- To express the category related to a particular page, publisher, or streaming app, you’d use the content taxonomy.
- To describe audiences in first-party data or other types of consumer data, you’d use the audience taxonomy.
Media owners and buyers can also agree on custom taxonomies in addition to using the standard ones that the IAB provides.
Richer signaling for audio and video
OpenRTB 2.6 added support for richer signaling in two areas: one to indicate the network and channel for a piece of content and one to better set expectations for SSAI, or server-side ad insertion.
An example of a network is A&E Networks, and the channels that they have available through their various streaming platforms and syndication partners are History Channel, Lifetime, and Vice. Indicating the network and channel provides additional context and allows media owners to be more descriptive and transparent about the source of the supply, and better clarify CTV inventory relationships for buyers.
SSAI technology is used to deliver CTV video streams as it provides a seamless viewer experience with no interruptions between content and ad breaks. However, different SSAI implementations handle measurement and billing notifications in different ways.
Richer signaling for SSAI allows media owners to indicate to buyers whether their ads will be stitched into the content stream on the client side or the server side. And furthermore, whether impression notifications and other beaconing are going to originate from the client side or server side.
This signal not only indicates the quality of the viewer experience, but it’s also useful for anti-fraud purposes. Ad tech supply chain participants can follow inventory quality best practices and monitor for IP addresses, user agents, and digital cryptographic signatures (like ads.cert 2.0 or Roku’s watermark).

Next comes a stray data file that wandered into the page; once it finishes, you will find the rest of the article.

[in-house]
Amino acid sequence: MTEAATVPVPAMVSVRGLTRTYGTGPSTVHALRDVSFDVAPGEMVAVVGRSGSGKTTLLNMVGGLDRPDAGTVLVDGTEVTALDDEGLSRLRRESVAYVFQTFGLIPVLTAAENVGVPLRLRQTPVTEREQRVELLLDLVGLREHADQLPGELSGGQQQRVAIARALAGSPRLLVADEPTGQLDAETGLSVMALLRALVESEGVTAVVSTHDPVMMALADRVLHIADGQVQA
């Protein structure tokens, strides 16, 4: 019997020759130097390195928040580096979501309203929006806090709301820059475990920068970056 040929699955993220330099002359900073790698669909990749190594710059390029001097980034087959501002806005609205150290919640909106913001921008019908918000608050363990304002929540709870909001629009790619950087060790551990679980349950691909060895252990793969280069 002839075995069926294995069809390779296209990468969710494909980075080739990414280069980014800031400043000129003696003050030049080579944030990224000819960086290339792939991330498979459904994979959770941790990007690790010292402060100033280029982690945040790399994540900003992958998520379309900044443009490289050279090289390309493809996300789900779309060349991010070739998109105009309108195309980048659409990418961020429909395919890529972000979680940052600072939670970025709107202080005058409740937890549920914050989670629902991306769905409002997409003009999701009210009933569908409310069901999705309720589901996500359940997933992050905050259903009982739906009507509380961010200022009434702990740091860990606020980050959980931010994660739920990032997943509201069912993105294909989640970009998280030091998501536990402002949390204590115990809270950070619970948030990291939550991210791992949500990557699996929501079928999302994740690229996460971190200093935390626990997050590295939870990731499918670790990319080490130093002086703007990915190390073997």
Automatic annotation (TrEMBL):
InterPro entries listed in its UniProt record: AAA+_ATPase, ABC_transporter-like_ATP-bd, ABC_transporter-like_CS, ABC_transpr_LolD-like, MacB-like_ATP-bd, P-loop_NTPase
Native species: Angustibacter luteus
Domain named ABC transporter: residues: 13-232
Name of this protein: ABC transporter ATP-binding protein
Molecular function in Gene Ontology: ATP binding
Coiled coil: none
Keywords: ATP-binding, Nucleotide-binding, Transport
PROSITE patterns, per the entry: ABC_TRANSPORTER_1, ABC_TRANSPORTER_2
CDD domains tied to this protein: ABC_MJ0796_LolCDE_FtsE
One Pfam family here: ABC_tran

These signals can be used together to validate that devices, their apps, and players are operating as expected and appear to be authentic. OpenRTB 2.6 even provides guidance on how to use these signals in a new section called, “Counting Billable Events and Tracked Ads.”
More helpful bid responses
Prior to OpenRTB 2.6, exchanges and media owners had to inspect the contents of the buyer’s ad markup field to determine what kind of creative was returned, and, if applicable, the duration of it.
This is particularly challenging for multi-format requests, where a seller could request that a buyer return either a banner or a video or a native bid response.
Buyers can now indicate the particular type of creative—banner, video, audio, or native—as well as the duration of video and audio creatives. Media owners can more easily construct ad pods without having to parse the markup for each creative.
Paving the way for CTV ads of the future
CTV growth has been stunted by a lack of industry-wide standards and programmatic tools designed with the nuances of TV in mind. OpenRTB 2.6 corrects this, and creates standardisation around a host of new capabilities that will pave the path for CTV ads of the future.
It’s imperative that everyone in the industry takes the leap and adopts OpenRTB 2.6 so that we can all speak a common language and realise the full potential of programmatic CTV.